Do you really need health insurance?
With health insurance premiums always on the rise, the argument of whether to have health insurance or not has been waged for many years.
Do I take out health insurance or do I invest the same amount each year and use this if I get sick?
And what about the tax or rebate incentives, are they worthwhile?
As with any type of insurance the decision is a personal one. Some people go without insurance, thinking that the money is better spent or invested elsewhere and are willing to take that risk. But how many of us have actually sat down and weighed up the differences between taking out health insurance or not, particularly with the government penalties on those not covered by a private health fund?
Is this you?
Michael is a 30-year-old family man who pays $2,000 per year for basic health cover. By age 70 he would have contributed over $150,000 (adjusted for inflation). For this amount, he and his family are covered for hospital (with elective surgery) and ancillary medical costs, although still subject to his insurer’s hospital excess.
If Michael and his wife decided to cancel their health fund insurance and invest the $2,000 per year (adjusted for inflation), by age 70 their investment would be worth around $340,000, assuming investment returns of 7% pa. They would have to pay all of the costs of having a doctor of their own choice, in a hospital of their choice plus any other associated specialist costs. Michael will also pay the Medicare Levy Surcharge on his taxable income, which can be thousands of dollars (see below).
While $340,000 may sound much better in your pocket than giving away $150,000 for something that you may not use that much, how many of us are prepared to put away that amount of money and never touch it? That's the tough question.
To consider if there are any tax benefits in obtaining health insurance, we must consider the Medicare Levy Surcharge, the Rebate on Private Health Insurance and the The Lifetime Health Cover Loading. Let me explain these below.
The Medicare Levy Surcharge
If you earn less than $84,000 pa as an individual or $168,000 pa as a family and don't have private health insurance, you will not be charged the Medicare Levy Surcharge. However, if you earn over this and don't have private health insurance, you will be charged the Medicare Levy Surcharge as outlined in the following table.
|No change||Tier 1||Tier 2||Tier 3|
|Singles||84,000 or less||84,001 – 97,000||97,001 – 130,000||130,001 +|
|Families||168,000 or less||168,001 – 194,000||194,001 – 260,000||260,001 +|
So if you're a high-income earner this could amount to a hefty sum. For example, if you’re single and earning $95,000 per year, you will pay $950 (1%) extra in tax if you don’t have private hospital cover. For that amount, you could have some basic Hospital Cover and get the benefits of being insured instead of just paying the tax.
Rebate on private health insurance
The rebate on private health insurance can be thought of like a discount on your premiums. The level of rebate you receive is based on your age and income as calculated for Medicare Levy Surcharge purposes.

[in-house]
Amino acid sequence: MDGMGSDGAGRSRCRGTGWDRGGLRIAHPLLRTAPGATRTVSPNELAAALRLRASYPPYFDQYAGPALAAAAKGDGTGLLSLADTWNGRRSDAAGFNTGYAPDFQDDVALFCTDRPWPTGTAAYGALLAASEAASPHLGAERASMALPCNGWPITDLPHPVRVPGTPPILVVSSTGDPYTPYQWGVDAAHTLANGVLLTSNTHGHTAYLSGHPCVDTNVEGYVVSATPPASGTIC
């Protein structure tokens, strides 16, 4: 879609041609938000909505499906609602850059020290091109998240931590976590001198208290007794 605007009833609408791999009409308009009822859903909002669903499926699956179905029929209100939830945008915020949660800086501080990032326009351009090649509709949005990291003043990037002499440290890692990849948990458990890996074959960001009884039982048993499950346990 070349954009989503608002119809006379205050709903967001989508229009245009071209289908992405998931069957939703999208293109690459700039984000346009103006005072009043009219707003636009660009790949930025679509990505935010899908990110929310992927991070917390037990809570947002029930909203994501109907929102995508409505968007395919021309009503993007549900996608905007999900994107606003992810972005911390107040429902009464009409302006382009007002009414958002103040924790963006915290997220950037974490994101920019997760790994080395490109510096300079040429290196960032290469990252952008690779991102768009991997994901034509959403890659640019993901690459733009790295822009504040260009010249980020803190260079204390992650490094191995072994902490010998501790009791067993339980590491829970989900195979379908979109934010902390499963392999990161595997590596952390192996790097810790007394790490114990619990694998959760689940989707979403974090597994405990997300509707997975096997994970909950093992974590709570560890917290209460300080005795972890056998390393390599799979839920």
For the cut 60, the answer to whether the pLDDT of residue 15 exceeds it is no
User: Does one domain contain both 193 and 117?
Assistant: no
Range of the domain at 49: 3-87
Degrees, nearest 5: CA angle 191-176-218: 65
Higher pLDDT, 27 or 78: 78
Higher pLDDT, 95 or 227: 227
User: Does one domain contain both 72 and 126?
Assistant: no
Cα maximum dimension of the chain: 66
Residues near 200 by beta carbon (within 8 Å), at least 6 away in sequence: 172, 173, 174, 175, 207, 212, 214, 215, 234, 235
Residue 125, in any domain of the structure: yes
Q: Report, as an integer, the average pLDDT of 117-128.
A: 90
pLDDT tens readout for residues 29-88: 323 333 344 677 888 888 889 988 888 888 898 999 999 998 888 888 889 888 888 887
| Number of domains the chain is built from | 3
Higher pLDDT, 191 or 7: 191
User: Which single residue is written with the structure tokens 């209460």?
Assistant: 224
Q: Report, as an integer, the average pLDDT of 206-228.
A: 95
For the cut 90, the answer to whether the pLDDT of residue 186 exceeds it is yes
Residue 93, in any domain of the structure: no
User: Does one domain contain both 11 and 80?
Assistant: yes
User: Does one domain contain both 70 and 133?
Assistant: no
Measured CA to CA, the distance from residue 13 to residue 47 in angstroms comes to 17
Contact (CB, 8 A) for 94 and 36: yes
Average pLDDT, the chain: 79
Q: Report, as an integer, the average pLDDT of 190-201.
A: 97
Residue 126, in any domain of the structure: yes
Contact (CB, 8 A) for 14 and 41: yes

There are three tiers of Australian Government rebates as shown below. For example if you are earning less than $168,000 as a family and are under the age of 65, you will receive a rebate of 30% which is like a discount on your premiums of 30%.
Private health insurance rebate for the 2012-13 financial year
|No change||Tier 1||Tier 2||Tier 3|
|Singles||$84,000 or less||$84,001 – 97,000||$97,001 – 130,000||$130,001 +|
|Families||$168,000 or less||$168,001 – 194,000||$194,001 – 260,000||$260,001 +|
|65 – 69||35%||25%||15%||0%|
The Lifetime Health Cover Loading
Lifetime Health Cover is a Federal Government initiative designed to encourage you to take out private hospital cover earlier in life and maintain your cover.
Essentially, if you don’t take out private hospital cover by 1 July following your 31st birthday, you’ll have to pay more when you do join. This loading is a surcharge on health insurance for those who take out cover after age 31. It amounts to a loading on the premium of 2% for every year you are over 30.
For example, if you wait until you’re 40 to join, you will pay 20% more than someone who joined when they were 30. This is calculated at 2% for every year you’re over 30.
So if your family income is below $168,000 pa, you won’t be penalised for Medicare Levy Surcharge, but you will be penalised if you choose to take out cover after your 31st birthday for every year that you delay doing this. Remember that if you are under this income threshold you also get a 30% rebate on your premiums. Keep in mind that your income levels may increase in the future and Medicare Levy Surcharge may then come into play.
Insurance should be seen as just that – Insurance. We always hope we won't need it but it's there in case we experience unforeseen emergencies.
There are always alternatives and their associated upsides and downsides that you can discuss with your financial adviser. In the end, the decision is a personal one and can be influenced by your current health and family health history.
Olivia Maragna is the co-founder of Aspire Retire Financial Services and has been recently named the Australian Adviser of the Year. Olivia's advice is general in nature and readers should seek their own professional advice before making any financial decisions.
Send your finance questions to Olivia at email@example.com.
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